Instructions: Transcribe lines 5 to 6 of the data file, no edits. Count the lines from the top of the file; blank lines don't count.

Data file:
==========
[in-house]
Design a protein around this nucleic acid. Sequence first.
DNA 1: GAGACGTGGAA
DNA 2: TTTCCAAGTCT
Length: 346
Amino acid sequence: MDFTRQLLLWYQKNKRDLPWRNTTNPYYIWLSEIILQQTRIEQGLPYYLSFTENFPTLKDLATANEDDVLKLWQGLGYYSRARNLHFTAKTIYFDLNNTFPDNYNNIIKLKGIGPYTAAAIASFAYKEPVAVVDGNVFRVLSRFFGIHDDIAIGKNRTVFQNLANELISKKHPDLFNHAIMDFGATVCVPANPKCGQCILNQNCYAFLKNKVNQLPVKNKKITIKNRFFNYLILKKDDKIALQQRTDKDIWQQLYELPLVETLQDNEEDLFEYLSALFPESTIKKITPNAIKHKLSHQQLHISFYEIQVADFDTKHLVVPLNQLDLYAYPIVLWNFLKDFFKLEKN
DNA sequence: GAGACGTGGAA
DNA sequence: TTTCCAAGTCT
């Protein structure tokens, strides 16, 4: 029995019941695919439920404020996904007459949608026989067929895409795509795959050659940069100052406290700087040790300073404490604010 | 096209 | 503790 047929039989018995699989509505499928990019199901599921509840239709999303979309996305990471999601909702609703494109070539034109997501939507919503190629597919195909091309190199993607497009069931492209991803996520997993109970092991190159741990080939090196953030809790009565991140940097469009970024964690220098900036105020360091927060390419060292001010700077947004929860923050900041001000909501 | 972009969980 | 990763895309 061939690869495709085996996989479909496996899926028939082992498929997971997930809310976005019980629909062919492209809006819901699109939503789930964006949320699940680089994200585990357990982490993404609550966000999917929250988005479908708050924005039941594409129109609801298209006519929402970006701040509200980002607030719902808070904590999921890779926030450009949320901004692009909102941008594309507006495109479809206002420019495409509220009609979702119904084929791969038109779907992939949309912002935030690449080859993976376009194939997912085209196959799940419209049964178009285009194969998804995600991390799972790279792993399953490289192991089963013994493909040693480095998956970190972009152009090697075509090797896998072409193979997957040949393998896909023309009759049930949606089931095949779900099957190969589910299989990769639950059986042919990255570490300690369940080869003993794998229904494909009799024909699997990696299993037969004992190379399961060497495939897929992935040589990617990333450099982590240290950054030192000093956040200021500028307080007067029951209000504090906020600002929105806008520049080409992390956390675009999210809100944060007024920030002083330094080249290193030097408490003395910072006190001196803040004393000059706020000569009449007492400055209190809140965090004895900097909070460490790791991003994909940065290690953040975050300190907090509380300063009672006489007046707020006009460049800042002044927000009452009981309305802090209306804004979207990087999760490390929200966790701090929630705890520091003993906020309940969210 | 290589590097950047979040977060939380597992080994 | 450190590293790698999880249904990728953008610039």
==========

Length: 346
Amino acid sequence: MDFTRQLLLWYQKNKRDLPWRNTTNPYYIWLSEIILQQTRIEQGLPYYLSFTENFPTLKDLATANEDDVLKLWQGLGYYSRARNLHFTAKTIYFDLNNTFPDNYNNIIKLKGIGPYTAAAIASFAYKEPVAVVDGNVFRVLSRFFGIHDDIAIGKNRTVFQNLANELISKKHPDLFNHAIMDFGATVCVPANPKCGQCILNQNCYAFLKNKVNQLPVKNKKITIKNRFFNYLILKKDDKIALQQRTDKDIWQQLYELPLVETLQDNEEDLFEYLSALFPESTIKKITPNAIKHKLSHQQLHISFYEIQVADFDTKHLVVPLNQLDLYAYPIVLWNFLKDFFKLEKN